What to do first to control your crawl space moisture problem…
wWhat to do first to control that crawl space moisture problem…
So, you’re thinking about encapsulating your crawl space or at least installing a more effective vapor barrier. For your health, for the environment, to save on your utility bills, and to protect the value of what is most likely your biggest investment – your home, that’s a great idea. So, what do you need to look at next? To maximize the effectiveness of your vapor barrier and control the humidity in your crawl space, there are a few factors you need to consider.
First, look at the outside of your home. If you don’t have rain gutters, consider installing them. During a one inch rain fall, the average roof sheds 1,000 gallons of water. That is a lot of water, and without gutters it is all deposited along the foundation of your home. It won’t be long until it finds your crawl space.
If you have rain gutters, make sure that they channel water away from the foundation of your home. I’ve read numerous suggestions from professionals but six feet seems to be an average. A drywell might also be a good idea.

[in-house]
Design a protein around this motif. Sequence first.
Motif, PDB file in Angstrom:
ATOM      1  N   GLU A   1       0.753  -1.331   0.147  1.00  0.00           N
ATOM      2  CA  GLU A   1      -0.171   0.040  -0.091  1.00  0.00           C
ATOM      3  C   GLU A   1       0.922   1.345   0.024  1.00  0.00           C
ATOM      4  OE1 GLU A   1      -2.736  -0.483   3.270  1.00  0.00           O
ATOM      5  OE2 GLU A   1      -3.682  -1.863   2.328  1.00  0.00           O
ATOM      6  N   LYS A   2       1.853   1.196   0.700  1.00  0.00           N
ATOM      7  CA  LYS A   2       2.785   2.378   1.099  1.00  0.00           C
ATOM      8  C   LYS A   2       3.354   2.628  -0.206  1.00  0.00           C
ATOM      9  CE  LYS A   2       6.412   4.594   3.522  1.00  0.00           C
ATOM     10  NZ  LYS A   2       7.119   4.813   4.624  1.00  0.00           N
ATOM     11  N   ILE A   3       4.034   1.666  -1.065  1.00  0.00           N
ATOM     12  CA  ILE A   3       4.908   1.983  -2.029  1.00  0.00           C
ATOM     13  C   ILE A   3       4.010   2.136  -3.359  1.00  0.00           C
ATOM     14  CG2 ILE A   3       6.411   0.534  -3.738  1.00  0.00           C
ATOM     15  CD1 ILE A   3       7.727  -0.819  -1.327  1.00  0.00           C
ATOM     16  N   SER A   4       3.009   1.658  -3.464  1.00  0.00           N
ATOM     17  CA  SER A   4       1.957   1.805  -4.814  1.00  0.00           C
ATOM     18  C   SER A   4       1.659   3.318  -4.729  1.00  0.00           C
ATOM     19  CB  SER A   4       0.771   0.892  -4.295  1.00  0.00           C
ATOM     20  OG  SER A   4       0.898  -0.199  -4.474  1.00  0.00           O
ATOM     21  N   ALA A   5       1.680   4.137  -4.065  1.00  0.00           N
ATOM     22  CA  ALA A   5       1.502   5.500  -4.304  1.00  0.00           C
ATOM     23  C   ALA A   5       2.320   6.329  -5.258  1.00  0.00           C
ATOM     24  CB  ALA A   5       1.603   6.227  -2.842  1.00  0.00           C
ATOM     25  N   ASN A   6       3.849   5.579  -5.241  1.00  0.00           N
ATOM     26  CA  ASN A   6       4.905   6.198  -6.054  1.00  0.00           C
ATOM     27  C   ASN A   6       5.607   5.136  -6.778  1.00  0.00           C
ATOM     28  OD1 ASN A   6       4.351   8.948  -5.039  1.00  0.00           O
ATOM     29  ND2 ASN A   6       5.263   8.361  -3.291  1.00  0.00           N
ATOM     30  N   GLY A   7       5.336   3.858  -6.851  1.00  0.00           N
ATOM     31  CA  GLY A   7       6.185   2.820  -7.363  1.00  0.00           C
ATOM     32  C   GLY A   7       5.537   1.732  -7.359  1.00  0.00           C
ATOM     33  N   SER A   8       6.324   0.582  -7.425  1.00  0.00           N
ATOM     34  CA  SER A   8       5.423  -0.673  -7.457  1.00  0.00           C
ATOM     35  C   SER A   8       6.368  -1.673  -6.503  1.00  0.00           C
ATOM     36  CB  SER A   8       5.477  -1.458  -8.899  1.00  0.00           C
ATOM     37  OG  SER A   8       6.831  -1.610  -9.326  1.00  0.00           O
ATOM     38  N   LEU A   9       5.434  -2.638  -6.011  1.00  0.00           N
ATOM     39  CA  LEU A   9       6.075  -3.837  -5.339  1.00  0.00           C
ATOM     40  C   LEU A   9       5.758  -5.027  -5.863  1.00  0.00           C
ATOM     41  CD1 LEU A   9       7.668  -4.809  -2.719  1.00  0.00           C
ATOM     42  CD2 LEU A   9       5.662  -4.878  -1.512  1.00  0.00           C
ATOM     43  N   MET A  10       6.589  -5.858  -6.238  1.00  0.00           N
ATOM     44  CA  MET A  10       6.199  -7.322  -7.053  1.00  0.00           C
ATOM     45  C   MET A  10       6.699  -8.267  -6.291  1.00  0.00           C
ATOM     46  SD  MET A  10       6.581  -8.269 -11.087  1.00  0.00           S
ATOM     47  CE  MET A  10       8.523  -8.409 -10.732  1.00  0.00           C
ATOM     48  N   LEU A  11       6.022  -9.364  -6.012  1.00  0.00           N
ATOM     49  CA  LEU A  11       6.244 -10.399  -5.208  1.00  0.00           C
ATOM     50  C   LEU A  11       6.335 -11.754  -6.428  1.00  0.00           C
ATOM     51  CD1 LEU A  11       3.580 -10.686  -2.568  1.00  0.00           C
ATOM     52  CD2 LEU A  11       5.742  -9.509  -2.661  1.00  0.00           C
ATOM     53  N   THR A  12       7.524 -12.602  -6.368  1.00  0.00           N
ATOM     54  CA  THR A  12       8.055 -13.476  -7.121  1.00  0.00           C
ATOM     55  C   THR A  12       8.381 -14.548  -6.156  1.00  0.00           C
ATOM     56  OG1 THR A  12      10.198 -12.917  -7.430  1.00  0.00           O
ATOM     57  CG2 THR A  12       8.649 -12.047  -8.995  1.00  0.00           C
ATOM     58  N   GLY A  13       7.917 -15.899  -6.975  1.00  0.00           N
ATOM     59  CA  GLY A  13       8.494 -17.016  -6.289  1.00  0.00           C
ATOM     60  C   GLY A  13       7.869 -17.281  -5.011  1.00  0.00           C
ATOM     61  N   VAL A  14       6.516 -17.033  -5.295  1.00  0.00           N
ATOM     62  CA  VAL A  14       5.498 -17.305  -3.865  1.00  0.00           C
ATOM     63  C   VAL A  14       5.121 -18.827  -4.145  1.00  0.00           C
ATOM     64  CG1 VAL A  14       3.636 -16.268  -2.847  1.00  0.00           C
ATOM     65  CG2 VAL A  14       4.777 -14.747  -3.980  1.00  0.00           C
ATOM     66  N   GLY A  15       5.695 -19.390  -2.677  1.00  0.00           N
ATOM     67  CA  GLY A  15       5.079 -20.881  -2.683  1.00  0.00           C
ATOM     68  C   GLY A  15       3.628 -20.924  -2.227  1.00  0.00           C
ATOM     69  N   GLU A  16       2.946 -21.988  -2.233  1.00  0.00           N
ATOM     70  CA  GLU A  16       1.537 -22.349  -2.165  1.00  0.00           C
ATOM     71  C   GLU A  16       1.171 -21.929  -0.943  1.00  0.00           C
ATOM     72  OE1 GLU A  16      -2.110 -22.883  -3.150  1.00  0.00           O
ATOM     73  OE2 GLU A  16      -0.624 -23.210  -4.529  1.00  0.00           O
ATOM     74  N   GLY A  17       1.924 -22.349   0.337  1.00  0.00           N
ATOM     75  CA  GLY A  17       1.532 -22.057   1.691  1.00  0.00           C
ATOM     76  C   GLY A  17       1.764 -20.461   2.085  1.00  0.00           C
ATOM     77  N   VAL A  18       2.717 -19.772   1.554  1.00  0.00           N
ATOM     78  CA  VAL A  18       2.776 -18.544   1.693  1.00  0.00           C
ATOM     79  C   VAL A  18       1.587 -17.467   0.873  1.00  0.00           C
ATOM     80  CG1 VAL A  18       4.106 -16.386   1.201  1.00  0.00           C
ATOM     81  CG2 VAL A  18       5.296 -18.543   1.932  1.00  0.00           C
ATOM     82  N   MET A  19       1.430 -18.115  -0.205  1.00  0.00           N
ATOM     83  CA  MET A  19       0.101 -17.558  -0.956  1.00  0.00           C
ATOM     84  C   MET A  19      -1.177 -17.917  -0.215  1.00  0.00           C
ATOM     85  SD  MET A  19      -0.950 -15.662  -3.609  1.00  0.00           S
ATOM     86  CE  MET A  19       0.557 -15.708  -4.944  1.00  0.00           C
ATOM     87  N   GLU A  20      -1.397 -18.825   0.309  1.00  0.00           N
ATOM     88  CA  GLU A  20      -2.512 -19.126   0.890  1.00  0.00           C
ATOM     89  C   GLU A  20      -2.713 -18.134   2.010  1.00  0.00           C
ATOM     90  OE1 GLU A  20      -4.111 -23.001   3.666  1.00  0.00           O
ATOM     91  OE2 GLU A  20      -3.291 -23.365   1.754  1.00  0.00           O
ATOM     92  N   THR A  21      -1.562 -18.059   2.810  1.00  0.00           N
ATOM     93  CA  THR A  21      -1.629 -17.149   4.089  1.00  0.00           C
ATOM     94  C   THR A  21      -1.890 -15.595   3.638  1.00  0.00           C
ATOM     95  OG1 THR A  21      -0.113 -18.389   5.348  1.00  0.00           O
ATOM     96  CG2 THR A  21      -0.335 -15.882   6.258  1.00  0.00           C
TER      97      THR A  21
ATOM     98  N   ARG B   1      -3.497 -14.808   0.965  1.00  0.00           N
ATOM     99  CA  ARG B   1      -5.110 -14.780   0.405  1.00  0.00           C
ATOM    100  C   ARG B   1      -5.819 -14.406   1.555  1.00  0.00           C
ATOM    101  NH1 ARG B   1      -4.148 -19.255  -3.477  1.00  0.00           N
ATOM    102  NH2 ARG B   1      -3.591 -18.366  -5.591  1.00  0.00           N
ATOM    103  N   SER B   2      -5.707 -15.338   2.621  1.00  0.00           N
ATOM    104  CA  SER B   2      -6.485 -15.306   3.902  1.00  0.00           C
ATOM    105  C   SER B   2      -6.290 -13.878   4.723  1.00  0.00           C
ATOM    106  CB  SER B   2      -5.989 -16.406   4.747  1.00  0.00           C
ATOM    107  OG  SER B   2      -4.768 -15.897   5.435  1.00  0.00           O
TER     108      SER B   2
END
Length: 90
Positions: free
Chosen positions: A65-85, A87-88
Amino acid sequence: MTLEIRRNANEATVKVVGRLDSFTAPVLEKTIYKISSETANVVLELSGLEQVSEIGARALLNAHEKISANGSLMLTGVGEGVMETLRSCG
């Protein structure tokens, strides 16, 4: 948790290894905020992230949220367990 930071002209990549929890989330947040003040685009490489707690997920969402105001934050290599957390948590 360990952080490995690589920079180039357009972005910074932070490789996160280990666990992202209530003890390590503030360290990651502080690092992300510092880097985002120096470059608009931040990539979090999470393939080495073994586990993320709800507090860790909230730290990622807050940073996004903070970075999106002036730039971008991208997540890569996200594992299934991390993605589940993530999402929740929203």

Finally, make sure that the terrain slopes away from the foundation. Be careful to check behind any foundation shrubbery plantings. It may be necessary to dig a swale if your home is constructed on a slope.
Keeping water away from the foundation of your home is particularly important if you live in a climate that has hard freezes in the winter. Water constantly freezing and thawing along the foundation of your home can cause significant (and expensive to repair) foundation damage.
So, don’t try and put a band-aid on your crawl space moisture problem. Address the problem at the source and that means starting with the water on the outside of your house.